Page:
How Can You Improve Your Cycling Performance?
Cycling has kicked up a storm in Australia since the 1990s. Over 4 million Australians ride a bike for recreation or transport, with over 50% of Australians owning at least one bicycle. And now, the popularity of cycling as a sport is at an all-time high, ranking 5th among Australians’ favourite sport. Moreover, covid has caused an increase in bicycle imports to Australia, as well as an increase in sales of bicycle cleaning products, as reported in reputed shops like Morgan Blue in Australia.
Benefits of Cycling
So, if you haven’t already, you should consider cycling. 5.6% of Australians suffer from at least one form of cardiovascular disease, and cycling is an effective cardio workout. This activity also targets a wide range of muscles, from your calves to your lower back and shoulders. Cycling also increases stamina, strength and aerobic fitness, and if you also use a bicycle as a mode of transport, you get two birds with one stone.
How to Improve Your Cycling Experience
Only 8% of all the cyclists in Australia participate in a competition, while the rest are mainly enthusiasts. So, if you are an enthusiast, you will want to concentrate on improving your form and performance as a means to enhance your riding experience. And if you do plan on competing professionally, the following tips can give you a head start:
Any good ride consists of three main components – the rider, the gear, and maintenance.
- Proper mindset: A proper mindset goes a long way in improving your performance. Approach cycling with the same enthusiasm you would with a favourite television show, and be consistent and engaged. Studies show that having small, achievable goals every week will bring you closer to mastering cycling. Nevertheless, it is a better approach than to try and placate your ego by setting much larger goals all at once.
- Proper posture: A study showed that riders with a bent torso and bent arms managed to shave off 90 seconds off their time compared to when they rode with a straight torso.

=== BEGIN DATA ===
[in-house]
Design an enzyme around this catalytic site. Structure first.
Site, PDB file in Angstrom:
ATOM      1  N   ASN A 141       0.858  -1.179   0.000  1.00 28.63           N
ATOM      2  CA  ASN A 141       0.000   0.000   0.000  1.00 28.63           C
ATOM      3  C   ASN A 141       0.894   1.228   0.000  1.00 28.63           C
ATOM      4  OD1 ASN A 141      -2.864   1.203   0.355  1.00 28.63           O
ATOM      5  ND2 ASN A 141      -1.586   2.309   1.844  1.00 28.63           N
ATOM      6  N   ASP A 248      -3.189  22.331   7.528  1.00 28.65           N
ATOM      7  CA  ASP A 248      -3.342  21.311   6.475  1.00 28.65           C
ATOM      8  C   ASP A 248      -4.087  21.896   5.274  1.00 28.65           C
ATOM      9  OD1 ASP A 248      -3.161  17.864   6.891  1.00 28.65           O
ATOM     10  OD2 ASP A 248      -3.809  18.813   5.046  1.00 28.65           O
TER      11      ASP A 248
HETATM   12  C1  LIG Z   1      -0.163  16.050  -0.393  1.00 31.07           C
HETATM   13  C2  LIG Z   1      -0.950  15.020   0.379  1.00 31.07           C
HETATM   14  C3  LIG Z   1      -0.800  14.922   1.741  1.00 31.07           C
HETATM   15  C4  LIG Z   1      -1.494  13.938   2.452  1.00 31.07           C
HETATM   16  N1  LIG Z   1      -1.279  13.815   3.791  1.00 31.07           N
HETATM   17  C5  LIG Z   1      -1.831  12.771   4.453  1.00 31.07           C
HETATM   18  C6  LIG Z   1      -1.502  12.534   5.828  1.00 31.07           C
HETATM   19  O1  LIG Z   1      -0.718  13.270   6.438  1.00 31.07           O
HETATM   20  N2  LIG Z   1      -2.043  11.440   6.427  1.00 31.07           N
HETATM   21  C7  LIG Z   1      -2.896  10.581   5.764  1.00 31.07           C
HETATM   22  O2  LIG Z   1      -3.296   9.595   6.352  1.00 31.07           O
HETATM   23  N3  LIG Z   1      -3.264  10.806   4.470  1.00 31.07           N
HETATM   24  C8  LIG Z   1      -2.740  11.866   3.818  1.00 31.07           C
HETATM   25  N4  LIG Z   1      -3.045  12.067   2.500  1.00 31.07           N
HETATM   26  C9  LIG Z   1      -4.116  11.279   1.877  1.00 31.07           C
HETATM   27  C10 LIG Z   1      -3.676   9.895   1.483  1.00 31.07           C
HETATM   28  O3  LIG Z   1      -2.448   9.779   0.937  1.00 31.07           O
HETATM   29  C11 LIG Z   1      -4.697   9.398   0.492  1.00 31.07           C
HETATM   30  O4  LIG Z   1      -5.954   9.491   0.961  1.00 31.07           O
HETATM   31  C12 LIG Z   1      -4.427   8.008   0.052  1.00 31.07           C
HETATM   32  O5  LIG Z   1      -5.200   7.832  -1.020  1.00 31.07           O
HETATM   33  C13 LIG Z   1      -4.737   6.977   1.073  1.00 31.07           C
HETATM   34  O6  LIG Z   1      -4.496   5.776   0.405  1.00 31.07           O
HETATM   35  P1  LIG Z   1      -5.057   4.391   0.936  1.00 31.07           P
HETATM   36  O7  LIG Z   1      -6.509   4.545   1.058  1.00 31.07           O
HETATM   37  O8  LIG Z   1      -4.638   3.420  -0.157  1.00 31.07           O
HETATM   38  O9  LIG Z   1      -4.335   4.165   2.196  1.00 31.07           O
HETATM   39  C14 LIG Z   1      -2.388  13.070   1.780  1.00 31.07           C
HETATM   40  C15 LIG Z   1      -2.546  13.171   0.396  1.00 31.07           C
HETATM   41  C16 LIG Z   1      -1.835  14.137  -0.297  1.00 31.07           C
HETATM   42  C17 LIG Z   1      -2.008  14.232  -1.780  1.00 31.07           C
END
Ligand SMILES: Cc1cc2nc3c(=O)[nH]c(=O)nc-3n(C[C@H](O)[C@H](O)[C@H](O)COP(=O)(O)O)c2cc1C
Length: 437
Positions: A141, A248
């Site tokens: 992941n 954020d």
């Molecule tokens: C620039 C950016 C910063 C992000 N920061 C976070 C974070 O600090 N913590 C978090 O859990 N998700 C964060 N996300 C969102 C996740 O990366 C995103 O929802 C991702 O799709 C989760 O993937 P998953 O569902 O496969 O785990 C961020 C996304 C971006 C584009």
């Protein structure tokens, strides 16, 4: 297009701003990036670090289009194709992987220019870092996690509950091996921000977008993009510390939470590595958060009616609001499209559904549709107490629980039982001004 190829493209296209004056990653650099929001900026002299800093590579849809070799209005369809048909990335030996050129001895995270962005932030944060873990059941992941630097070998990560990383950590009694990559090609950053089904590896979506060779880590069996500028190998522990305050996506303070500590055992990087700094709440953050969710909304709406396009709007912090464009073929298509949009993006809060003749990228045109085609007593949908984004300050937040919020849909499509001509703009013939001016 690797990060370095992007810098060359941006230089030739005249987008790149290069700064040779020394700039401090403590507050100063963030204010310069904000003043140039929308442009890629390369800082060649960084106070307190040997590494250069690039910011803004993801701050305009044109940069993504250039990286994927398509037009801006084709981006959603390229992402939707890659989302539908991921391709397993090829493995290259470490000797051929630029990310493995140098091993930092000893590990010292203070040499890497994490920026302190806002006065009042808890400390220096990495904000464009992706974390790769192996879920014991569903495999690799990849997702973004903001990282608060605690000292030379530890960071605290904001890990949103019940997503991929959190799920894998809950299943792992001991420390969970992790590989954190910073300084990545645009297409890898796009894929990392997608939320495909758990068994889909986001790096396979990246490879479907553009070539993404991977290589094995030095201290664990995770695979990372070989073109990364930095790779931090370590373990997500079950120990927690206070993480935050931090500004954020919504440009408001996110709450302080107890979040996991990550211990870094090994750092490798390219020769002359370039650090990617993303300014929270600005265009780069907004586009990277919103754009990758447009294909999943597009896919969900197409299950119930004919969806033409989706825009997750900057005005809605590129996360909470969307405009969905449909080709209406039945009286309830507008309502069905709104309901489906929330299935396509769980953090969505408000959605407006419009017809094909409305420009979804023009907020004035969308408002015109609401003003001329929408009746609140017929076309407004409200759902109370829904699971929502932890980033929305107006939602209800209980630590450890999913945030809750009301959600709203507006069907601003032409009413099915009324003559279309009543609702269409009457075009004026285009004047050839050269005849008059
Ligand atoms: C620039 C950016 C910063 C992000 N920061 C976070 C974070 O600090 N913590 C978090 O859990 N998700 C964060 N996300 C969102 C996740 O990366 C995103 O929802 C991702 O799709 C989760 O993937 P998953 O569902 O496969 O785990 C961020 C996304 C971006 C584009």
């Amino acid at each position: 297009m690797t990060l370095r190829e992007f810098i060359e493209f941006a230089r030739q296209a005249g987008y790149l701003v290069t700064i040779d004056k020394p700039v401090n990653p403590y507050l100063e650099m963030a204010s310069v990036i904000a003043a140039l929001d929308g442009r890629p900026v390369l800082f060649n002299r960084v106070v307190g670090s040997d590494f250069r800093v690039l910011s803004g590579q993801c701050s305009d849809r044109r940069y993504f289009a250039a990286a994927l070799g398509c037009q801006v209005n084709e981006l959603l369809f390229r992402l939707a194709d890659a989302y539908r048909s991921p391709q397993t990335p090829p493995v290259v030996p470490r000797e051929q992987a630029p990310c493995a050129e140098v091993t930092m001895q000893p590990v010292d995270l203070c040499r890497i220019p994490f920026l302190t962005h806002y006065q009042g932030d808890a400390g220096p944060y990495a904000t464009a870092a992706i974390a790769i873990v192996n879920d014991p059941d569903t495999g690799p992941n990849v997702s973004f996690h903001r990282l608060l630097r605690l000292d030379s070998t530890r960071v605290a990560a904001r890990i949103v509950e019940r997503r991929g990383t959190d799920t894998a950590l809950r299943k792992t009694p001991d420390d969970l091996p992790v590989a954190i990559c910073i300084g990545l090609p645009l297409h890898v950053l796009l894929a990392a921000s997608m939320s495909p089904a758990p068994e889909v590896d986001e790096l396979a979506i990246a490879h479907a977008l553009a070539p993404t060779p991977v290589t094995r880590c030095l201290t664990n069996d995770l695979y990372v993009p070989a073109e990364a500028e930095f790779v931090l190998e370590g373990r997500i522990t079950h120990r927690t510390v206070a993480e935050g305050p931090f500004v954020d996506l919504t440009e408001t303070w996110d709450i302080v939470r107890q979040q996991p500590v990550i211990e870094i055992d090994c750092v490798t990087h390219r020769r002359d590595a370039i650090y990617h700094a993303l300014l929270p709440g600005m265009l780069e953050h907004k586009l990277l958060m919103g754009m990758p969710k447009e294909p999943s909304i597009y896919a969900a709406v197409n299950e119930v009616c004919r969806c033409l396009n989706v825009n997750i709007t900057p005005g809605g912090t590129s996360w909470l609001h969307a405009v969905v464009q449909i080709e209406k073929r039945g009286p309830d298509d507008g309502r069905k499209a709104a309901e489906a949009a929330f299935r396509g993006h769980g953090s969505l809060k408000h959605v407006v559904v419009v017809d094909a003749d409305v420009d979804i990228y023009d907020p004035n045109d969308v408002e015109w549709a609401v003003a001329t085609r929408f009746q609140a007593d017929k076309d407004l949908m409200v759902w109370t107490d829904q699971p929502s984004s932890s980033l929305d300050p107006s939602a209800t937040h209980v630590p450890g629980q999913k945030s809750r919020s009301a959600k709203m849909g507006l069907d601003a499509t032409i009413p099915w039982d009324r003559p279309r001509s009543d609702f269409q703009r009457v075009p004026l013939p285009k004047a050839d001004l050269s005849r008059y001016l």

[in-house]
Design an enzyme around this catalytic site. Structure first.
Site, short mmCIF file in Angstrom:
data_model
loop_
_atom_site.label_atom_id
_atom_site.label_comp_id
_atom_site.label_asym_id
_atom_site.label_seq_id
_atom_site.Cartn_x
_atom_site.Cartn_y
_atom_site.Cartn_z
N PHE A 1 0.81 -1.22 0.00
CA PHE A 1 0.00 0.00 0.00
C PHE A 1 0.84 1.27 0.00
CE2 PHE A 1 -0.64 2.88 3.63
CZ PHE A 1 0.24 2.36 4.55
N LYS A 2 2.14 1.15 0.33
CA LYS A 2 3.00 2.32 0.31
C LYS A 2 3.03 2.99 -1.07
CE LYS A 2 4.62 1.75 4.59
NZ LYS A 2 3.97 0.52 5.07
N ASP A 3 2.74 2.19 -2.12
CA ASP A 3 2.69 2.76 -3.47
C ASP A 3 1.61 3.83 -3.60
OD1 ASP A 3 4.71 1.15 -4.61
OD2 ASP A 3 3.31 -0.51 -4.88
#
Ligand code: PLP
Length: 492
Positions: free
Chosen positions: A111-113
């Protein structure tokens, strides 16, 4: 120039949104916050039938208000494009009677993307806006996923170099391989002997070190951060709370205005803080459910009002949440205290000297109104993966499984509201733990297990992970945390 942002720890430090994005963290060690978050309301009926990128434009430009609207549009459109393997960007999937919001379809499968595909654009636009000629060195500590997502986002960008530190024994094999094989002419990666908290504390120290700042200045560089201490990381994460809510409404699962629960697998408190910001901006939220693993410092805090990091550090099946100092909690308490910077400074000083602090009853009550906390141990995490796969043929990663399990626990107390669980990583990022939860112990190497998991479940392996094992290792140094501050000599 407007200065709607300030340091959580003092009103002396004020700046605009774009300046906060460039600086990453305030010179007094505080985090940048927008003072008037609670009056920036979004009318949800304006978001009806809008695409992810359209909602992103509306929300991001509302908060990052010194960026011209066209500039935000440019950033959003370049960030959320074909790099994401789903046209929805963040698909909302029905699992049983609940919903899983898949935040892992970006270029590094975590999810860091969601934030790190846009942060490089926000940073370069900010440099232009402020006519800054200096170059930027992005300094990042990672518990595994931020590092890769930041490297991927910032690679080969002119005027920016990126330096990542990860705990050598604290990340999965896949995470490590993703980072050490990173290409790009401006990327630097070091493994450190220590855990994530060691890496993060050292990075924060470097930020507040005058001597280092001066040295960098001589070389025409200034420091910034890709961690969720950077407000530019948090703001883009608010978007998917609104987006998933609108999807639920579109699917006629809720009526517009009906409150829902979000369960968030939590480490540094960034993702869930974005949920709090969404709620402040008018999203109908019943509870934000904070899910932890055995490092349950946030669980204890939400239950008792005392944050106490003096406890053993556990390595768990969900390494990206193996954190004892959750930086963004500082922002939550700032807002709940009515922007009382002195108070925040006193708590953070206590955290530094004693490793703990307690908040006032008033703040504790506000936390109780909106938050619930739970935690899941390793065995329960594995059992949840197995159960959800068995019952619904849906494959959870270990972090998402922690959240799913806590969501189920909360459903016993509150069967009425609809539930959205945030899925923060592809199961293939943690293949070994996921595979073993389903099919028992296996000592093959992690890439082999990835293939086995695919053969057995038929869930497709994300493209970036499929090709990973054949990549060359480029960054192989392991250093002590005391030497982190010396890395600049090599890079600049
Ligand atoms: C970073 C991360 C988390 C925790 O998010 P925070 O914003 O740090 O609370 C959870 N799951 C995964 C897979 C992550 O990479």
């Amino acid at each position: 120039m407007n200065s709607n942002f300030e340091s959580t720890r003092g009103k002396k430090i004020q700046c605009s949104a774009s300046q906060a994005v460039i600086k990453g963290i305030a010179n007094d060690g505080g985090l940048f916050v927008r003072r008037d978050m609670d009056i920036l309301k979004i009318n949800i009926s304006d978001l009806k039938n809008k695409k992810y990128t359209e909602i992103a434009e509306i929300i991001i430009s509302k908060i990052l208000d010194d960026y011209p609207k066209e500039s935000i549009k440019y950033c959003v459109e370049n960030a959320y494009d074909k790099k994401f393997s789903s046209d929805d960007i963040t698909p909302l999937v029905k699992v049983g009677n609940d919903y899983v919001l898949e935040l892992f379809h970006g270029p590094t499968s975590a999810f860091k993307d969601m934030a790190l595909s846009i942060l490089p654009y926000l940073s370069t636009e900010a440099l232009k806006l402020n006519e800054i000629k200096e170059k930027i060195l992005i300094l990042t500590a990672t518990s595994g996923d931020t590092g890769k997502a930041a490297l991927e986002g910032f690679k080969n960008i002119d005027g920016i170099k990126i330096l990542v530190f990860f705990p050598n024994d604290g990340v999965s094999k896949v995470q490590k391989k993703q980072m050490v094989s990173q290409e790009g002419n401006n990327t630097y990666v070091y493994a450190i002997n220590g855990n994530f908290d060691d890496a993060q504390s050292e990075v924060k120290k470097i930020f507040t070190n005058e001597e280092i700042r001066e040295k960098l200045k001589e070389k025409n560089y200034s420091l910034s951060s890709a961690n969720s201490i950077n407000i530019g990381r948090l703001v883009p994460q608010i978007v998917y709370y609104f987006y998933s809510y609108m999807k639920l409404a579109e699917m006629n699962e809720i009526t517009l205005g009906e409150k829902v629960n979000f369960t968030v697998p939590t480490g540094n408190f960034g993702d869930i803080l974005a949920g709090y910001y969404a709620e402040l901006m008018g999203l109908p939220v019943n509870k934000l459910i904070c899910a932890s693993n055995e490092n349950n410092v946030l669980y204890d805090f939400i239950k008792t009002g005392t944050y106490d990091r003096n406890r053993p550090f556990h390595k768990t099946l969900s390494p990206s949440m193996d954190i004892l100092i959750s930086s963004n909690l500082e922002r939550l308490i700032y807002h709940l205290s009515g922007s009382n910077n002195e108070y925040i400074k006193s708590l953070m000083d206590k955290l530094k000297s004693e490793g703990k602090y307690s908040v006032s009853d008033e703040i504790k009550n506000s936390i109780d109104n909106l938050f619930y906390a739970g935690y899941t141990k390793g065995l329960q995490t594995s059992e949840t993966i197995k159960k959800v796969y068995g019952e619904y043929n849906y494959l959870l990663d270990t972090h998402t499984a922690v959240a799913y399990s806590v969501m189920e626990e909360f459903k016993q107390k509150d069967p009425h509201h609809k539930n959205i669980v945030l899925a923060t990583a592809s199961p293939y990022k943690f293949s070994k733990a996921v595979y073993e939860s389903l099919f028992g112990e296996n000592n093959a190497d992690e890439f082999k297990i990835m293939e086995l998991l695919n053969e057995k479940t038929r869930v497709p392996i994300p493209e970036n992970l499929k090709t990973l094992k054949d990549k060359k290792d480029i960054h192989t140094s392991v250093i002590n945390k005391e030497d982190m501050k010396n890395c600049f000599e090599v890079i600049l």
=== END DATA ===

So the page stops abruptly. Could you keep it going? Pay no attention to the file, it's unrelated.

- Bonus tip: Observe how you take your corners. Try to keep your outer pedals down and inner pedals up, and the exertion of force on the outer side gives you greater control over corners. Also, avoid braking while taking a corner, and instead, break beforehand.
If you are serious about your cycling journey, it is a good idea to consult a professional to guide you on buying the right gear. It is important that the frame of the bicycle is apt for your height and weight, as it reduces drag and also minimises the chances of injury. Moreover, consider investing in a good set of aerodynamic wheels, an aerodynamic frame, a lightweight bicycle, and a set of lightweight wheels.
Just having the right gear is not enough to gain that edge; you will need to maintain your bicycle. This isn’t as complicated as it sounds and looks, and in the long run, it saves you money by preventing the deterioration of a component. So, consider stocking up on the right cleaning and lubing products, such as the ones you can get at shops like Morgan Blue in Australia.
- Chain dynamics: A dirty or dry chain wears down the chainrings and cogs much faster than usual. It also hinders efficient shifting, thus slowing you down significantly. So, it is a good practice to clean your chain after every ride. Besides, once every couple of rides, you should consider lubing and wiping it down. Meanwhile, pros use dedicated tools such as cassette brushes for thorough cleaning of the sprocket.
- A clean bike makes for a happy rider: Once in a few months, and every time after a muddy ride, you must wash your bicycle. Pay attention to degreasing the chain, clean out your brakes thoroughly and brush out the dirt stuck to the bottom of the frame. You can also consider using a cleansing agent which is infused with protective wax components to give your bicycle that glossy shine.
These are just a few basic tips that can help you enjoy your cycling while also ensuring that you improve your game consistently. The National Cycling Participation Survey shows that age and time are the primary contributors to a reduction in cycling hours. So, keeping this in mind, it would serve you well to consciously make time for your cycling endeavours. And slowly, but surely, you will see the results.